Sens. John Kerry (D-Mass.) and John McCain (R.-Ariz.) have introduced a commercial privacy bill to protect consumers against the unauthorized collection, use, and dissemination of their personal information. While the bill mentions personal health information, it's not clear how it might affect health data exchange.
The bipartisan bill--the Commercial Privacy Bill of Rights Act of 2011--would create a framework for data use that "does not allow for the collection and sharing of private data by businesses that have no relationship to the consumer for purposes other than advertising and marketing," McCain said in a statement.
Specifically, the collectors of personal information must provide notice to individuals that their data is being collected and must explain why. Consumers must be given the opportunity to opt out of this data aggregation in most cases. In the case of "sensitively personally identifiable information"--including personal health information--consumers must give their consent (opt in) for their information to be included in a database.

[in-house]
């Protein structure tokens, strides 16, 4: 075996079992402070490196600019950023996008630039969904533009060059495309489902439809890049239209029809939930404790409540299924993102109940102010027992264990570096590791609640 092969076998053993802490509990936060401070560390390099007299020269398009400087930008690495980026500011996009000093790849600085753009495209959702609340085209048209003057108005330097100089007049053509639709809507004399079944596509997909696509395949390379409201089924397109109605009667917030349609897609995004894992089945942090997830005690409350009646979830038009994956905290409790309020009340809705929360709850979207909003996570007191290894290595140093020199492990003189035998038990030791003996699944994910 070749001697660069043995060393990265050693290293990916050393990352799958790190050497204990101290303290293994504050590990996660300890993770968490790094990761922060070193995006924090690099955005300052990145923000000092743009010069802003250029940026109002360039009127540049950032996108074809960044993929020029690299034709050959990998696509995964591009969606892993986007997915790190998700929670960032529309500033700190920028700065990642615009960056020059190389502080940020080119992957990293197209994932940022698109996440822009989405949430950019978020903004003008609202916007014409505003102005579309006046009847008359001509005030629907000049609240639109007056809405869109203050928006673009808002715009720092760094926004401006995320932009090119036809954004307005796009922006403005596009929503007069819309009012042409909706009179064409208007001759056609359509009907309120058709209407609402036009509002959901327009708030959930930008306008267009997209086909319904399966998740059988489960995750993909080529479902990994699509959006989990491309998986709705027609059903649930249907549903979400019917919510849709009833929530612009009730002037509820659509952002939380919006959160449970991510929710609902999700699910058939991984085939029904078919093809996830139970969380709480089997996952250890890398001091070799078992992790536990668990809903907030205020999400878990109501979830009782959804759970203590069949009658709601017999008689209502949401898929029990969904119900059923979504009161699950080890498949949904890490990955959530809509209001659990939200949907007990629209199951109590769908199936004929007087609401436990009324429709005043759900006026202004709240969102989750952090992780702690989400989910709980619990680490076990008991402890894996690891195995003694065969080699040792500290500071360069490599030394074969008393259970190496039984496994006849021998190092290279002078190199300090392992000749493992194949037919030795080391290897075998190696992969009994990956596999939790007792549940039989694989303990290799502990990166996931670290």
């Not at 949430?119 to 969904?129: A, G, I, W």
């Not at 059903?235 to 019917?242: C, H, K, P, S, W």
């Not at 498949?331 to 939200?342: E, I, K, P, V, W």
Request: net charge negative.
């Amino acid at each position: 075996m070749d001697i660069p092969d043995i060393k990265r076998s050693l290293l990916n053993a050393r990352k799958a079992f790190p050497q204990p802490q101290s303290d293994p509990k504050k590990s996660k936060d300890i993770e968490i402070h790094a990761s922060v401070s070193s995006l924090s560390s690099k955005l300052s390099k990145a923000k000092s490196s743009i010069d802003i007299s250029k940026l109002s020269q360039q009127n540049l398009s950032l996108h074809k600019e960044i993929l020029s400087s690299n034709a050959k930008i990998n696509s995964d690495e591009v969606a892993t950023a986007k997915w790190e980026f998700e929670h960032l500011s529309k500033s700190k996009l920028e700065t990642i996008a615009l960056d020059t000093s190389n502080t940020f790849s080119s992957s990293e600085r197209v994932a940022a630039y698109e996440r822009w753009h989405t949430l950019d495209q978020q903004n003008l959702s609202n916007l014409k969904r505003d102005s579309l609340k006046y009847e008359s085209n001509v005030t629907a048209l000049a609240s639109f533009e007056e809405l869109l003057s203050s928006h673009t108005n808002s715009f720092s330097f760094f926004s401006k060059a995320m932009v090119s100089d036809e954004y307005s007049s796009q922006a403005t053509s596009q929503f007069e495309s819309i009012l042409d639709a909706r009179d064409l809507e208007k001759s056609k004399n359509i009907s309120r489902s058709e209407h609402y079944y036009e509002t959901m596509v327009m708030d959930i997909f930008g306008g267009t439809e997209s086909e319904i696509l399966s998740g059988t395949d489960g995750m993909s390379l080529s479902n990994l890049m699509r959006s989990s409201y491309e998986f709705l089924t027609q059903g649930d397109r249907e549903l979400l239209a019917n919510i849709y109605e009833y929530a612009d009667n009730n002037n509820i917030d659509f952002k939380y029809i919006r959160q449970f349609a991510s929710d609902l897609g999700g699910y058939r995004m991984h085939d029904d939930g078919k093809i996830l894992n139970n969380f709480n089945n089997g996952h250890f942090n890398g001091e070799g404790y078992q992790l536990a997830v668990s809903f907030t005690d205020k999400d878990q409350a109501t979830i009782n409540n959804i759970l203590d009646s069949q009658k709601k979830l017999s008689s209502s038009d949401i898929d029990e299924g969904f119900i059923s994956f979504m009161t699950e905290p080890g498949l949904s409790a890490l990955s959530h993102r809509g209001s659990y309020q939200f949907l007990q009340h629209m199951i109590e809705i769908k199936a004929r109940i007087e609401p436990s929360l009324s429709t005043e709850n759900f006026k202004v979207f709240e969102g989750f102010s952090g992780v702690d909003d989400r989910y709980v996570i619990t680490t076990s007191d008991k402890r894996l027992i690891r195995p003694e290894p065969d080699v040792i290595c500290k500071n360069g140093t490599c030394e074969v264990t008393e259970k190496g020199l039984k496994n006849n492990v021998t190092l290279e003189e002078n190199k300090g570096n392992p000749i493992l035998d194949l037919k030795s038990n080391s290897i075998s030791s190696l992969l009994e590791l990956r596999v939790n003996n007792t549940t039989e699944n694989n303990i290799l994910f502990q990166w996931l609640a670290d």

The Health Insurance Portability and Accountability Act of 1996 (HIPAA) already governs the dissemination of personal health information by healthcare providers, insurers, and other HIPAA-covered entities. Patients must give their consent to allow any release of information for marketing purposes, although providers caring for the same patient may exchange patient data for treatment reasons. It's in this area that the commercial privacy act could potentially conflict with HIPAA.
The Kerry-McCain legislation could be enforced by either the Federal Trade Commission or the state attorneys general. The bill allows some safe harbors to be created, but only if the protections for consumers remain as rigorous as those specified in the measure.